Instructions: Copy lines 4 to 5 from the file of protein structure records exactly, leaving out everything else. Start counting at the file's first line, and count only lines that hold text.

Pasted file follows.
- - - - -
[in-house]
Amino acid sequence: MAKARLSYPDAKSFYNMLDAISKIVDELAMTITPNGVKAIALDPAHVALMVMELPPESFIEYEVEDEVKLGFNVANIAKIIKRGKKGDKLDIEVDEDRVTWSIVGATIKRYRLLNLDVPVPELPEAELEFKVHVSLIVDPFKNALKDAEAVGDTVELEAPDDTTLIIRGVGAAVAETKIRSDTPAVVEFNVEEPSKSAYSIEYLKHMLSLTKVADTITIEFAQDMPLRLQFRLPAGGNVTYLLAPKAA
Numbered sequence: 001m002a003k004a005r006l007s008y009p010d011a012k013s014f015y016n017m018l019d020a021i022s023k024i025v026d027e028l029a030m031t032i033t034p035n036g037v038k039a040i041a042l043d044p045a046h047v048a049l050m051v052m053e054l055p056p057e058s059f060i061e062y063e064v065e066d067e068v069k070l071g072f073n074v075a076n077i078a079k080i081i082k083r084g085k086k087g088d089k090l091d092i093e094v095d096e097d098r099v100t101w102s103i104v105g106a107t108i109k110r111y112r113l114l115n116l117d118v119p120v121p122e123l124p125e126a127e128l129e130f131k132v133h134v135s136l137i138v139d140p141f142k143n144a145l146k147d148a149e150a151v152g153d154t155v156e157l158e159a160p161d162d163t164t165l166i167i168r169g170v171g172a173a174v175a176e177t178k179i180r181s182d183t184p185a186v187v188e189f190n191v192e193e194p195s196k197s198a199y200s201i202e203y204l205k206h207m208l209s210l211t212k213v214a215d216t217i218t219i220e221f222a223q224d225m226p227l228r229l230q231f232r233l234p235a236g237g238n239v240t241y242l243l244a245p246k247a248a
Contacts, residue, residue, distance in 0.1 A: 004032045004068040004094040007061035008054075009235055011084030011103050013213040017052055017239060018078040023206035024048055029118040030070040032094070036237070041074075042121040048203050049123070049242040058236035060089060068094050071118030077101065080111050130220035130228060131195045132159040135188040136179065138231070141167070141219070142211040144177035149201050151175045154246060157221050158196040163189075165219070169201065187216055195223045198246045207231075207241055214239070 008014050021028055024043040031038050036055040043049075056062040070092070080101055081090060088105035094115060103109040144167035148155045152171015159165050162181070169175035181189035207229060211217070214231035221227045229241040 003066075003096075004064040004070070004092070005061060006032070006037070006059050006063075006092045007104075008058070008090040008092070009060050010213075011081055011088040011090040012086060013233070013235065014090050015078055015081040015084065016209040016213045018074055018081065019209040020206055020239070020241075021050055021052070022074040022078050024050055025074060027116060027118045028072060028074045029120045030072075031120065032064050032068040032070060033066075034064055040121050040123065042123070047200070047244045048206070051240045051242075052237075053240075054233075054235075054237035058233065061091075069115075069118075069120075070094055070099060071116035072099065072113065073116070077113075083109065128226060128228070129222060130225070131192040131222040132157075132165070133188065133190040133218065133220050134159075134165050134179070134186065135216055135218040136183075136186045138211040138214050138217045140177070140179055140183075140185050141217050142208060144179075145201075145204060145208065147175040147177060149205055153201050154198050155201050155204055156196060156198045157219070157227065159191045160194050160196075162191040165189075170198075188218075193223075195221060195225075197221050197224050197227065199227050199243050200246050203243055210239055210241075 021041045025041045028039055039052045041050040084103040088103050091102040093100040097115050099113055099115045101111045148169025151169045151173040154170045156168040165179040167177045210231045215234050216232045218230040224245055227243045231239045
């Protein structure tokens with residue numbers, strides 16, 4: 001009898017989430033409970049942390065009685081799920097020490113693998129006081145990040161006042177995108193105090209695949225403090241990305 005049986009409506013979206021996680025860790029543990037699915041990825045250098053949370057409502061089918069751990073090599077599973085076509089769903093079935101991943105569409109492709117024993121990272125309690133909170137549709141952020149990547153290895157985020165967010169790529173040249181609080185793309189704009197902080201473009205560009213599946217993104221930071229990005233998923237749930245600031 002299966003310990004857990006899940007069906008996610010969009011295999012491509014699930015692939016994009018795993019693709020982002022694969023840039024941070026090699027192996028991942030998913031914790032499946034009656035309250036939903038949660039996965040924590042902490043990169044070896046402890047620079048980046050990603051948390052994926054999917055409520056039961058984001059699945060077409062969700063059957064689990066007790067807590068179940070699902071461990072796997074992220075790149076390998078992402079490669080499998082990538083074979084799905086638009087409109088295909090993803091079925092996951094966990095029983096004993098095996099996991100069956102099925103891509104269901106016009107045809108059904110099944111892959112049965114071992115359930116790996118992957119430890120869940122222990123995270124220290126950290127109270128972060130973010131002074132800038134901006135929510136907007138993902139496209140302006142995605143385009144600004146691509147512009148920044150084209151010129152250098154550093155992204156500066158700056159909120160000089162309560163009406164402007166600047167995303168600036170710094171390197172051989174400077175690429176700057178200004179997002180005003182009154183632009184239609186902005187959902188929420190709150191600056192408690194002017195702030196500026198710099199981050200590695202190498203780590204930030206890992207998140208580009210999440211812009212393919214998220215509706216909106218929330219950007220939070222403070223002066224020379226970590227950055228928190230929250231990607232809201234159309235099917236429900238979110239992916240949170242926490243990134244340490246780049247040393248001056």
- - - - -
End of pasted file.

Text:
Contacts, residue, residue, distance in 0.1 A: 004032045004068040004094040007061035008054075009235055011084030011103050013213040017052055017239060018078040023206035024048055029118040030070040032094070036237070041074075042121040048203050049123070049242040058236035060089060068094050071118030077101065080111050130220035130228060131195045132159040135188040136179065138231070141167070141219070142211040144177035149201050151175045154246060157221050158196040163189075165219070169201065187216055195223045198246045207231075207241055214239070 008014050021028055024043040031038050036055040043049075056062040070092070080101055081090060088105035094115060103109040144167035148155045152171015159165050162181070169175035181189035207229060211217070214231035221227045229241040 003066075003096075004064040004070070004092070005061060006032070006037070006059050006063075006092045007104075008058070008090040008092070009060050010213075011081055011088040011090040012086060013233070013235065014090050015078055015081040015084065016209040016213045018074055018081065019209040020206055020239070020241075021050055021052070022074040022078050024050055025074060027116060027118045028072060028074045029120045030072075031120065032064050032068040032070060033066075034064055040121050040123065042123070047200070047244045048206070051240045051242075052237075053240075054233075054235075054237035058233065061091075069115075069118075069120075070094055070099060071116035072099065072113065073116070077113075083109065128226060128228070129222060130225070131192040131222040132157075132165070133188065133190040133218065133220050134159075134165050134179070134186065135216055135218040136183075136186045138211040138214050138217045140177070140179055140183075140185050141217050142208060144179075145201075145204060145208065147175040147177060149205055153201050154198050155201050155204055156196060156198045157219070157227065159191045160194050160196075162191040165189075170198075188218075193223075195221060195225075197221050197224050197227065199227050199243050200246050203243055210239055210241075 021041045025041045028039055039052045041050040084103040088103050091102040093100040097115050099113055099115045101111045148169025151169045151173040154170045156168040165179040167177045210231045215234050216232045218230040224245055227243045231239045
């Protein structure tokens with residue numbers, strides 16, 4: 001009898017989430033409970049942390065009685081799920097020490113693998129006081145990040161006042177995108193105090209695949225403090241990305 005049986009409506013979206021996680025860790029543990037699915041990825045250098053949370057409502061089918069751990073090599077599973085076509089769903093079935101991943105569409109492709117024993121990272125309690133909170137549709141952020149990547153290895157985020165967010169790529173040249181609080185793309189704009197902080201473009205560009213599946217993104221930071229990005233998923237749930245600031 002299966003310990004857990006899940007069906008996610010969009011295999012491509014699930015692939016994009018795993019693709020982002022694969023840039024941070026090699027192996028991942030998913031914790032499946034009656035309250036939903038949660039996965040924590042902490043990169044070896046402890047620079048980046050990603051948390052994926054999917055409520056039961058984001059699945060077409062969700063059957064689990066007790067807590068179940070699902071461990072796997074992220075790149076390998078992402079490669080499998082990538083074979084799905086638009087409109088295909090993803091079925092996951094966990095029983096004993098095996099996991100069956102099925103891509104269901106016009107045809108059904110099944111892959112049965114071992115359930116790996118992957119430890120869940122222990123995270124220290126950290127109270128972060130973010131002074132800038134901006135929510136907007138993902139496209140302006142995605143385009144600004146691509147512009148920044150084209151010129152250098154550093155992204156500066158700056159909120160000089162309560163009406164402007166600047167995303168600036170710094171390197172051989174400077175690429176700057178200004179997002180005003182009154183632009184239609186902005187959902188929420190709150191600056192408690194002017195702030196500026198710099199981050200590695202190498203780590204930030206890992207998140208580009210999440211812009212393919214998220215509706216909106218929330219950007220939070222403070223002066224020379226970590227950055228928190230929250231990607232809201234159309235099917236429900238979110239992916240949170242926490243990134244340490246780049247040393248001056």